Your application and the file from the court will be reviewed by a judge or a local prosecutor. If any issues exist regarding your eligibility, the judge will order your records to be purged or schedule a hearing. The court clerk then removes the records of your case once the judge has ordered them erased.
Work with an attorney on your application to ensure that your paperwork is done correctly and secure the best chance of having your records removed.
Though you did a crime for the first time and committed the offense before the age of 18, some crimes under the law cannot be wiped from your record. These include:
- Felonies in classes A through G.
- Crimes involving the intentional contamination of food and beverages to make someone unconscious.
- Felonies with a resemblance to assault.
- Felonies that entail appearing on the registration, including a sex offender registry
- Certain harassment or sex-related offenses are punishable under the law.
- Infractions involving the usage of a company vehicle
- Offenses involving the use of heroin or cocaine
- Possessing with the intent to supply or sell methamphetamine is a felony.
- Driving while inebriated is a crime.
How does the Second Chance Act function
As its name suggests, the Second Chance Act aims to give people a second chance following a run-in with the law. This law was enacted to make it simpler for nonviolent criminals to get work and live a better life without the burden of a criminal record hanging over their heads. The Act provides much-needed relief to minors who were minors at the time of their infraction, as well as adult offenders who have lived a quiet life since their last run-in with the law by allowing them to have most types of convictions removed.
The Second Chance Act also allows those who have many convictions to have them wiped as long as they are all for nonviolent offenses. People can also have records purged related to dismissals of crimes previously prohibited under the old expungement statute. Finally, the Act provides for the automatic expungement of dismissals or not-guilty convictions.
Importance of Record Expungement
Depending on your specific situation, an expungement or record seal can be handy. Removing a conviction from your criminal record, for example, could help you get approved for particular employment.
If the offense was minor and nonviolent, expungement lawyers might be able to rid you of these accusations without affecting your career prospects.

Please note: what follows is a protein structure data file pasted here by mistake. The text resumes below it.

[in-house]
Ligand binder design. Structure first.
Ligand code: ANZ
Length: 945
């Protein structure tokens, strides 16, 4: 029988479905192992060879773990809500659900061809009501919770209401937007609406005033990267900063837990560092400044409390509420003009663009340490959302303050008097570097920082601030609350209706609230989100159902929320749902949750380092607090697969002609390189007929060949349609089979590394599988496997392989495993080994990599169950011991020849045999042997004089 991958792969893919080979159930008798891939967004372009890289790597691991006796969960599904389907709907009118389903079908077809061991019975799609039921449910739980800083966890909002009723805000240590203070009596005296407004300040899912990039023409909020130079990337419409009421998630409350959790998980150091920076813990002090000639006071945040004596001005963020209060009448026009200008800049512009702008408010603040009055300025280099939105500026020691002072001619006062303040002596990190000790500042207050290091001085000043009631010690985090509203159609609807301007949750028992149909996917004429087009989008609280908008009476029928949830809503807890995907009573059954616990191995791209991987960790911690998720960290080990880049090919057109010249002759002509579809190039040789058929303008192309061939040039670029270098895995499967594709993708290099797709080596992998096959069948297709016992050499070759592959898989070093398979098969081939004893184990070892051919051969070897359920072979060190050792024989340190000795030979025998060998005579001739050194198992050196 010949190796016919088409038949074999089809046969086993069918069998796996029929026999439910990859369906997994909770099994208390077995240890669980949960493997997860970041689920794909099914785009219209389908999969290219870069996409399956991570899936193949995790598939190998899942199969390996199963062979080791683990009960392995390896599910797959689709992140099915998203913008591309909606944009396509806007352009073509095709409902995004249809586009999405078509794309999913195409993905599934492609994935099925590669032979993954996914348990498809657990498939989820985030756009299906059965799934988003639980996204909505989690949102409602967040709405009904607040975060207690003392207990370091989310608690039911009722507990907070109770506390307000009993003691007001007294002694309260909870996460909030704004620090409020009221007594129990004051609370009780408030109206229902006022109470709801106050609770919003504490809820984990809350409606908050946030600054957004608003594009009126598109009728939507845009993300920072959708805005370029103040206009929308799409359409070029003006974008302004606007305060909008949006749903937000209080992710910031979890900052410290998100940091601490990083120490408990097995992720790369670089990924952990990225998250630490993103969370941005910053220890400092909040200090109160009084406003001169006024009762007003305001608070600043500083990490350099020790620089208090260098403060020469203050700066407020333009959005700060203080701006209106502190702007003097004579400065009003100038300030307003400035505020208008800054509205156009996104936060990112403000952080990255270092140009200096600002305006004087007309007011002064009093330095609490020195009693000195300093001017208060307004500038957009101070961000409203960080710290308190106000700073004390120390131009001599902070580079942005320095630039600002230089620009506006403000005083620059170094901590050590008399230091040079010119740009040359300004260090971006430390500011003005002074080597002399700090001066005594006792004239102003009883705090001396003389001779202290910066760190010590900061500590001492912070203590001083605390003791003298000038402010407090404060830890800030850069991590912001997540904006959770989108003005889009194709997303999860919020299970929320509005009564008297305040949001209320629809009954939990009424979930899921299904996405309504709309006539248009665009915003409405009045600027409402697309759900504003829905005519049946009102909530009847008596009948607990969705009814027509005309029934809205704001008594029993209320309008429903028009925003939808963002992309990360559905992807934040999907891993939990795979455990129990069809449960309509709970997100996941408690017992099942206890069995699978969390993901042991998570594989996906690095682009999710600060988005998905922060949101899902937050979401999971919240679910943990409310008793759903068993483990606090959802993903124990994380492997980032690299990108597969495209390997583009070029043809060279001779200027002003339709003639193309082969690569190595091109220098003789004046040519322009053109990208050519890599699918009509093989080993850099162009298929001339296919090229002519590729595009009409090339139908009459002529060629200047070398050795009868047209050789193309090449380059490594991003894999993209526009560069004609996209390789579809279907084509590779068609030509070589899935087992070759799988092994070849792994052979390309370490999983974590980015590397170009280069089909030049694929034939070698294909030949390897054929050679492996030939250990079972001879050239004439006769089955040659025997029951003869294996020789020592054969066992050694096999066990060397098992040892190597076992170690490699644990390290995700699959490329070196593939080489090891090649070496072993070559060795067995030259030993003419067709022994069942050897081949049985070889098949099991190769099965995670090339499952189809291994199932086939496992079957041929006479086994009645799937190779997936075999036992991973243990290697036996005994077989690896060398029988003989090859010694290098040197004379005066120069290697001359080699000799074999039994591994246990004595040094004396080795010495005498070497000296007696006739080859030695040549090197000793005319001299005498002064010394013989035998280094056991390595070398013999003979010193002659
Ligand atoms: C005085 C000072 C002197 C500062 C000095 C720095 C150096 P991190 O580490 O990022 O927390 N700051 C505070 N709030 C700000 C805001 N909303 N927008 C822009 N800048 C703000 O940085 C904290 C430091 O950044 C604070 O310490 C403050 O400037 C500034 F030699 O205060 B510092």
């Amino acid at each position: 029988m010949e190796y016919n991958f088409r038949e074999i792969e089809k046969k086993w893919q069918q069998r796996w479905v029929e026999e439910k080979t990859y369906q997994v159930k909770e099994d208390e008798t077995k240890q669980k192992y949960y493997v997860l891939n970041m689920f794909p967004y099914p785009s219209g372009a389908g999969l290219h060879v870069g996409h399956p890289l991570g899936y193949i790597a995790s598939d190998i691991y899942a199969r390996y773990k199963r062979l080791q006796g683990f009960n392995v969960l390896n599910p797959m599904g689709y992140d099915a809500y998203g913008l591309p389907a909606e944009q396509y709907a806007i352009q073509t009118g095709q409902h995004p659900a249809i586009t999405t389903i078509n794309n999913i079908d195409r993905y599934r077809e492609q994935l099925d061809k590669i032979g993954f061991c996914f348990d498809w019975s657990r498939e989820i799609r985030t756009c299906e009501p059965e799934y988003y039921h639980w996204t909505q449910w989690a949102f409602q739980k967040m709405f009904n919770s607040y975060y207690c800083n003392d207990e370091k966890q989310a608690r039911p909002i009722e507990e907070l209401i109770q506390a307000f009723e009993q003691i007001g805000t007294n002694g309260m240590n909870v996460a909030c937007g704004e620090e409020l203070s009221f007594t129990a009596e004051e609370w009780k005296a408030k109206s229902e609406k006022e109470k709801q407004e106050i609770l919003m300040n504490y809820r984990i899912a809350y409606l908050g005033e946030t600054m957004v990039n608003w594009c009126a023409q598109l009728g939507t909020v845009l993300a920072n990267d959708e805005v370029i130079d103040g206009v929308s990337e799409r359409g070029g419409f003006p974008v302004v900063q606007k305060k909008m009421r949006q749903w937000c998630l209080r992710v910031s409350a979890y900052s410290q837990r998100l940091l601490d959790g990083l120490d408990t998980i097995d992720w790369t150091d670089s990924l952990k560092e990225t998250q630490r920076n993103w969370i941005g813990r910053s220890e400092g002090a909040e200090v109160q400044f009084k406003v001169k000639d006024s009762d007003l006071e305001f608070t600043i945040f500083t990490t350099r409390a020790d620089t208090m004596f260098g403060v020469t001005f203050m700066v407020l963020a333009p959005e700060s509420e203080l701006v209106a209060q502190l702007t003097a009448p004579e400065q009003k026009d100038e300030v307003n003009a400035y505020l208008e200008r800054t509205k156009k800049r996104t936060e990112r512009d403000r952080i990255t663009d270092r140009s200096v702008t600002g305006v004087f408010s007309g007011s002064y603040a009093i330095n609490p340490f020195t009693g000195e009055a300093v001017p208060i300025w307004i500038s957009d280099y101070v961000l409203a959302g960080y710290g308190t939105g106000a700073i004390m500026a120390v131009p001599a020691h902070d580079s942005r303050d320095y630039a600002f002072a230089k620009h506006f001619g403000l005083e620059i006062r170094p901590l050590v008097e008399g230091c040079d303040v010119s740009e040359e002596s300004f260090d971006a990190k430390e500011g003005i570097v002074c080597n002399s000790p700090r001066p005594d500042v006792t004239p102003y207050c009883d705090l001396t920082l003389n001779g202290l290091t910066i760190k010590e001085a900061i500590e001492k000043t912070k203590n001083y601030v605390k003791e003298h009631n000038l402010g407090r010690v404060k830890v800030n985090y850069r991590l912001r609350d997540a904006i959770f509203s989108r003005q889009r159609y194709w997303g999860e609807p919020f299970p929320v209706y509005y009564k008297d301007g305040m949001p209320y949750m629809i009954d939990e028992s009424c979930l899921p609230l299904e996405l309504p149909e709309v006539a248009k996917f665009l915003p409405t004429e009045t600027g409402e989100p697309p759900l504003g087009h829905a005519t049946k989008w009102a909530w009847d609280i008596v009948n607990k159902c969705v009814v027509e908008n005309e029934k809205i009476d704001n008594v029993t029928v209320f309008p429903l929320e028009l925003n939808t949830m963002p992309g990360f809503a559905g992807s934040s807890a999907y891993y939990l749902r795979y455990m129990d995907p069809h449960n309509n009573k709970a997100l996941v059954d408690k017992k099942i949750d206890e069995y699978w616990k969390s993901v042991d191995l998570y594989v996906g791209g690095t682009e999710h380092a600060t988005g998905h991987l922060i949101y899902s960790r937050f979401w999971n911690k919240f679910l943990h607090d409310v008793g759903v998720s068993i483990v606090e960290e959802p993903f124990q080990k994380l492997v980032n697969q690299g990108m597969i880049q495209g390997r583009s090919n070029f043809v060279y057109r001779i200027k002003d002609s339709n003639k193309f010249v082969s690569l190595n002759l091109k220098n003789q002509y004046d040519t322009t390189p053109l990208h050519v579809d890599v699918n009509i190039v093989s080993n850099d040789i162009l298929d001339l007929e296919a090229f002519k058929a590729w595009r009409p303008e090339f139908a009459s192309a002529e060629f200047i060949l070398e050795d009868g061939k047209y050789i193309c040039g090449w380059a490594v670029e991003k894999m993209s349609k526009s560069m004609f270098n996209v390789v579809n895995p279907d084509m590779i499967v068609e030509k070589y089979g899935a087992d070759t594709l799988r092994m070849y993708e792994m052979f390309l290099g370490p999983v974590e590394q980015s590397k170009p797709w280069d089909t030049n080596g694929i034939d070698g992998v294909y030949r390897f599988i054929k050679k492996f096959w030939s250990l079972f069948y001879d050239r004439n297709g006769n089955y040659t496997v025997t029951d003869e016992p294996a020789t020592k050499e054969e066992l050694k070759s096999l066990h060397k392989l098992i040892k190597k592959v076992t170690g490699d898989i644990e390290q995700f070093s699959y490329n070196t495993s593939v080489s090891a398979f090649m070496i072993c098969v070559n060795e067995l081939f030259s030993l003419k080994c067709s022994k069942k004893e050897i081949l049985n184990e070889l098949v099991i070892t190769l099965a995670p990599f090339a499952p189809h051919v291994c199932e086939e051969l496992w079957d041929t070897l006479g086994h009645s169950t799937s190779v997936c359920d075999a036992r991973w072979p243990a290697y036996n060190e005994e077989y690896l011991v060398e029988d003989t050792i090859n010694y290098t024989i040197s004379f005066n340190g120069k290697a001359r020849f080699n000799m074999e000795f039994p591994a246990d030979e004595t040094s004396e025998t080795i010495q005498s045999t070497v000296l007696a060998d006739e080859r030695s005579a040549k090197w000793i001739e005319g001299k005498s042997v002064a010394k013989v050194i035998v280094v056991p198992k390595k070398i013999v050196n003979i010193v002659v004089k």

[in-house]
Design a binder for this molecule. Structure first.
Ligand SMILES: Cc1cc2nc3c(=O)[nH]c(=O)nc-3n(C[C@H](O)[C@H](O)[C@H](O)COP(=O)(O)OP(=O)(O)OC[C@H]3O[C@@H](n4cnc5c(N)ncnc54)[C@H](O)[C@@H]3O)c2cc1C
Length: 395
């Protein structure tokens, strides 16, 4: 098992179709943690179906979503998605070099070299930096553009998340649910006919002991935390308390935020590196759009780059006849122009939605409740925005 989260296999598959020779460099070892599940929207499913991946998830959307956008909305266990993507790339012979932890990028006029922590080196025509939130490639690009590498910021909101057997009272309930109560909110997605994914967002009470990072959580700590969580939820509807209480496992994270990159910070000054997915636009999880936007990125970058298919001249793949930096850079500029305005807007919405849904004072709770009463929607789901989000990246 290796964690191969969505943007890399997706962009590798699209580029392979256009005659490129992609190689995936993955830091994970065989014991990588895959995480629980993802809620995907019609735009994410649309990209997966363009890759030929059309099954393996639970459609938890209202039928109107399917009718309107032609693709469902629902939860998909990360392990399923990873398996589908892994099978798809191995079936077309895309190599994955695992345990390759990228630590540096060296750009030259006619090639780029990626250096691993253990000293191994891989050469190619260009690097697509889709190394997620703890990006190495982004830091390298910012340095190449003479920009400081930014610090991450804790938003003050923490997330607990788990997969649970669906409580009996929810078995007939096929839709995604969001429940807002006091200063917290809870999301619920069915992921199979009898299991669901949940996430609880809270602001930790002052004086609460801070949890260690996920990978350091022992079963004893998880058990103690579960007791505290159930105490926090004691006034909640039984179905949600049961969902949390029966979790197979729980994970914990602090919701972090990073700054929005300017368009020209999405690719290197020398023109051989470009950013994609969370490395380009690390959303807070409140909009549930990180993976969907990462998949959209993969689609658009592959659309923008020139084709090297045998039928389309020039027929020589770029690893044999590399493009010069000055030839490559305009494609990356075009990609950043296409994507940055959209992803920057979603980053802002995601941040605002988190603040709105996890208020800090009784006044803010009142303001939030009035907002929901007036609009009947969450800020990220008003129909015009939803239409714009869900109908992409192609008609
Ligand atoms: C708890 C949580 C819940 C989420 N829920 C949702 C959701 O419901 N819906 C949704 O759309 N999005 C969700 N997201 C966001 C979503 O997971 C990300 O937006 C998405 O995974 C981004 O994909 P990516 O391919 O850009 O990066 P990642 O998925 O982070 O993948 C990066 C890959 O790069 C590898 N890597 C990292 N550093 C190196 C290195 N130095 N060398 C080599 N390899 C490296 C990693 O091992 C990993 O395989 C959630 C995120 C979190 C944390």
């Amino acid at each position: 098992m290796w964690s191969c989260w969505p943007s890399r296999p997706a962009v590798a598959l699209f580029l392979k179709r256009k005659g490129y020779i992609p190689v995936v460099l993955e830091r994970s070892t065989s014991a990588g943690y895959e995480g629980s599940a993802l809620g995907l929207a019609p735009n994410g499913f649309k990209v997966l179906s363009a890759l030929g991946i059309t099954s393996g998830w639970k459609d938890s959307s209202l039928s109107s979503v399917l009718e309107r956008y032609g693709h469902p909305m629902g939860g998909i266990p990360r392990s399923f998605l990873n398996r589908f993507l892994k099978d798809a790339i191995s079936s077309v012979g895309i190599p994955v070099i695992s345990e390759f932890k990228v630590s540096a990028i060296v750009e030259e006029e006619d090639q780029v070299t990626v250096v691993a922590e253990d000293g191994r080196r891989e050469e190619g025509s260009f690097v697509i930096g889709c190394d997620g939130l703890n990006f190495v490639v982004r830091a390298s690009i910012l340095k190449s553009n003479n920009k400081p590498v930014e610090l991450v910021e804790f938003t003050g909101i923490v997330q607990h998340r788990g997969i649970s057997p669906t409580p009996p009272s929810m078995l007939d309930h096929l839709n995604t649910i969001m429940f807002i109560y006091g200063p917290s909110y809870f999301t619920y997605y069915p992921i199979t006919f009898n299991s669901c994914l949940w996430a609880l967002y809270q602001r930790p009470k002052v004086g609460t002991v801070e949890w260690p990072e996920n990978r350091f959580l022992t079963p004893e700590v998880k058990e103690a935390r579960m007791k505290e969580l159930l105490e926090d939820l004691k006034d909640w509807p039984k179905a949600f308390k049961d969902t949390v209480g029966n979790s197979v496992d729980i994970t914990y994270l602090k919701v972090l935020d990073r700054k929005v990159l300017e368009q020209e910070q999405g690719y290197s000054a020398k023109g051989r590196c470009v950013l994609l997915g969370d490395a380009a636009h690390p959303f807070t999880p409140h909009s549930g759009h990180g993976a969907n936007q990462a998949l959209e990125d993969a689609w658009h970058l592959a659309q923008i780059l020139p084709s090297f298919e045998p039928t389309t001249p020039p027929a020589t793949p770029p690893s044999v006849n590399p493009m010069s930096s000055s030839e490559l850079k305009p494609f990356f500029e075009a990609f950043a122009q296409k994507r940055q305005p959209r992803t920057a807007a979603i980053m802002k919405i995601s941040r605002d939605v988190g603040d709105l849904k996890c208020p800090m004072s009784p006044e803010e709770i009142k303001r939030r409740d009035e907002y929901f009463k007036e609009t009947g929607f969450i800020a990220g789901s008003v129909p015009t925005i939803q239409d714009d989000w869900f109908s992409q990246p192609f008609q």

Some businesses, though, continue to do background checks on potential employees. This means that even after a conviction is expunged from public court records, it is still possible to find out about it.
Other reasons why you might want to consider hiring expungement lawyers include:
- Aiding in the successful completion of specific professional license exams;
- Getting loan approval for specific loans;
- In some situations, you may be able to gain custody of your children.
Lawyers who specialize in expungement can assist you in getting the most out of the process of deleting prior criminal charges from your record. They do it by adhering to the applicable state expungement laws.
Many organizations, businesses, and government agencies require applicants to undergo a background check. Having a criminal record can make it difficult to:
- Get employed,
- Apply to colleges and universities,
- Get into relationships,
- Apply for housing as well as
- receive services provided by the government.
Getting a Record Expunged
In most cases, you’ll need to submit a Petition for Expungement of Records with the court that heard your case. You are also supposed to file a General Waiver and Release if it has been less than three years since your issue was resolved. There may be a $30 filing charge, which is a non-refundable filing cost.
How long should you wait to file an expungement petition? In general, you must wait three years after your case has been determined before filing for expungement. However, the rules differ depending on the result.